Let's first take a look at the contents of the FRAPS results file ending with «… fps.csv». Below is a piece of the file in which there is only one data column - the FPS at each second starting the moment of launching the utility.
Averaging the produced values, we produce the customary average FPS. Hence, it is easy to determine the minimum and maximum FPS for the demo scene being tested. In fact, this data is just the basis for calculating values specified in the results file « … minmaxavg.csv». But this time the detailed data of FPS value at each particular instant is useful in that we can easily build a "FPS versus time" graph. This is what it looks like for tests in F.E.A.R. in our test conditions.
We complemented the resultant graph with a description of specific scenes available in the integrated F.E.A.R. demo.The bold blue line marks the average FPS value which the integrated test produces. As you can see, almost half the time is take n by the scene of shooting, and the FPS values in this scene are much lower than the resultant average and are somewhere below 40 FPS. At the same time, running along the corridors does not produce so much load upon the video card. Over many sections the FPS goes over 100 and in the end we produce the average FPS as equal to 59. This entails a very simple conclusion – the integrated F.E.A.R. demo is more biased towards the demo which is meant to show "niceties" of the graphic engine (water + fire) and thus produces a somewhat overstated FPS relative to the real gameplay (shooting). Of course, while playing the game for real you won't do without walking along corridors. But admit it, it is more important to get a high FPS at the moments of hostile attacks, whereas there is more than enough graphic power for corridors. That is, from the gamer's viewpoint, to produce the FPS adequate to the typical gameplay for the particular game, only the scene of shooting should be taken from the integrated benchmark. Then in our case the average FPS would equal 42.8. Compare it versus the average 59 produced by the integrated benchmark and feel the difference.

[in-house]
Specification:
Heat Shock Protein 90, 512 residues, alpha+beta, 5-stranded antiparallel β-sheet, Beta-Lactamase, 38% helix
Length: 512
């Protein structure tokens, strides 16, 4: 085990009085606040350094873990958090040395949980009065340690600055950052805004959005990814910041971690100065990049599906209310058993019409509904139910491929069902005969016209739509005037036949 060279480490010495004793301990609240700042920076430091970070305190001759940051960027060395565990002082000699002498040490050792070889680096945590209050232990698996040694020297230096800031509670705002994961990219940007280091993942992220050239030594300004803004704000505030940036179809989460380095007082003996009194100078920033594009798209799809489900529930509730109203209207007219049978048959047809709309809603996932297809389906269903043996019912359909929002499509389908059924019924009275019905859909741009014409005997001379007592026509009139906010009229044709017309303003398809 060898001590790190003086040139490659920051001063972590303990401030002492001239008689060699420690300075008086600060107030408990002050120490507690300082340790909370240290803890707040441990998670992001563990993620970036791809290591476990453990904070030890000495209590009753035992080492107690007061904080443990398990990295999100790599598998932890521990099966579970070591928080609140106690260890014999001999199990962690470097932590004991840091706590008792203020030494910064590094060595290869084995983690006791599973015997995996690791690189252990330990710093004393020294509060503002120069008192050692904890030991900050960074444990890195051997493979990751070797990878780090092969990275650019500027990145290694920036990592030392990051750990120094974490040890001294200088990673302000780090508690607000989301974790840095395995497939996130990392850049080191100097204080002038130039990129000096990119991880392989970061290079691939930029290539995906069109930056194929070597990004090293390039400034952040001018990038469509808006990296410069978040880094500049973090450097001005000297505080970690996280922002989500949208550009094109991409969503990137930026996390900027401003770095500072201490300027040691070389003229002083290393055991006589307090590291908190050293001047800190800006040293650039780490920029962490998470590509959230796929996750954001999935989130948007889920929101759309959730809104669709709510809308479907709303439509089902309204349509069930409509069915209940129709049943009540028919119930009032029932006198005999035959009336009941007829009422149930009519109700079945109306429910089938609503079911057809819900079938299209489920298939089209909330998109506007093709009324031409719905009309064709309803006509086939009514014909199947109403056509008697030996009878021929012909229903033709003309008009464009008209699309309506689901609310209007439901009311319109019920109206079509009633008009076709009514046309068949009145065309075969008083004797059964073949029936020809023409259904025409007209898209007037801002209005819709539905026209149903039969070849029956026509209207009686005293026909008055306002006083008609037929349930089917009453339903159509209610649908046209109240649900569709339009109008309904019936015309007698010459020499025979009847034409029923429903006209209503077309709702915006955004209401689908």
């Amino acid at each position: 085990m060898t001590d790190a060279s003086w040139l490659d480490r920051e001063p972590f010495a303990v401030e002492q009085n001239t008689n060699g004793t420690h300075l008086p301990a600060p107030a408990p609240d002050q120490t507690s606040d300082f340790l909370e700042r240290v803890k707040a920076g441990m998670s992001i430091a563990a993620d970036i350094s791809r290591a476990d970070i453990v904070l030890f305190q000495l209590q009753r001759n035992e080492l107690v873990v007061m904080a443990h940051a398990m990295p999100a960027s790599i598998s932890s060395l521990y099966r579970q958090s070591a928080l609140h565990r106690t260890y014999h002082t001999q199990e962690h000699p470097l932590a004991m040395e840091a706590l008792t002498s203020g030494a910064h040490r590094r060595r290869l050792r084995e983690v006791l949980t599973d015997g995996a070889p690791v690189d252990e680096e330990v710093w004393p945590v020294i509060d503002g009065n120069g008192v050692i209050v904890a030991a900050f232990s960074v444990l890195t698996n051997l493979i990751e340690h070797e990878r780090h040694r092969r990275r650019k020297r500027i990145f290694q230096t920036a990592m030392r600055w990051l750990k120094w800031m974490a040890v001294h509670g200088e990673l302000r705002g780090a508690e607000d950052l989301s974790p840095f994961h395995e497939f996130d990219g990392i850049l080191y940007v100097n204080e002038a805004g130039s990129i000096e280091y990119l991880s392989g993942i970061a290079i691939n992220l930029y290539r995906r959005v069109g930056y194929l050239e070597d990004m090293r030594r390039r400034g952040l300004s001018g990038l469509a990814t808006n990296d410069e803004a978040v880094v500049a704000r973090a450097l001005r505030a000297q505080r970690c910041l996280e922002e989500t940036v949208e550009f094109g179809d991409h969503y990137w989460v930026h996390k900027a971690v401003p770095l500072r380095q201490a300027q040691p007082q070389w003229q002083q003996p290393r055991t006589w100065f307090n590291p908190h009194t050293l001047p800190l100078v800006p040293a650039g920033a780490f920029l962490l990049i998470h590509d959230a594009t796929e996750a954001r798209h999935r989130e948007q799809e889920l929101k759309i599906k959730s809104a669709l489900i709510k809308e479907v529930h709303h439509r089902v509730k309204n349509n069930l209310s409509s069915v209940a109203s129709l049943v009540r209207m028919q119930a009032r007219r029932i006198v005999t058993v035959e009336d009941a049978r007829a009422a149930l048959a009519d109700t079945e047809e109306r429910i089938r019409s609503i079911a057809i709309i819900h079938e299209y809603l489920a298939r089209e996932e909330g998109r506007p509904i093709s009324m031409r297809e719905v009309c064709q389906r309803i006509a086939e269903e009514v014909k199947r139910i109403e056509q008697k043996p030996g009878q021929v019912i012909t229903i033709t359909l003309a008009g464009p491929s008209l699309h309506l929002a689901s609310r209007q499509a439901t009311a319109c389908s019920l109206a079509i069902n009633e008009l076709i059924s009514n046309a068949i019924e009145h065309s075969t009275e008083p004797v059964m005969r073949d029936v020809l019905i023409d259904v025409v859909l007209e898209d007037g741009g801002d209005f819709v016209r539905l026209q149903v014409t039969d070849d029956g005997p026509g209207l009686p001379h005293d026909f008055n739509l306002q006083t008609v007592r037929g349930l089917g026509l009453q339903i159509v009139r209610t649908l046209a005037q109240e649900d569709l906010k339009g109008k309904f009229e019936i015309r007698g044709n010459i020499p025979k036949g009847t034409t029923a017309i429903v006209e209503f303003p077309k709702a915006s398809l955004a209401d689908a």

OK. Going on. A graph is not the only means to represent data produced with FRAPS. The next step in our investigation may seem somehow unnatural and redundant, but don't be hasty. That is a very important step towards intelligent use of FRAPS.
Let's build a diagram of FPS values distribution. That can be done very easily. Since the maximum FPS value in our test was 135, let's divide the whole range of FPS values into 5 FPS sectors and calculate the number of occurrences in each of the sectors. In the end, we produce the following diagram.
The physical meaning of this representation is simple - the height of the bar indicates how long (in seconds) the FPS value was within the given range. As you can see, the produced pattern of FPS distribution is highly non-uniform. Most of the FPS values are within the range from 30 to 70 FPS, whereas the remaining part makes the "tailings". To put in a common language, most part of the test time the FPS value fluctuates within 30 to 70 and it is relatively rare that it jumps above. The diagram depicts two vertical lines. The blue line stands for the average FPS value produced by the integrated benchmark, with the red standing for the average FPS value for the "shooting" scene.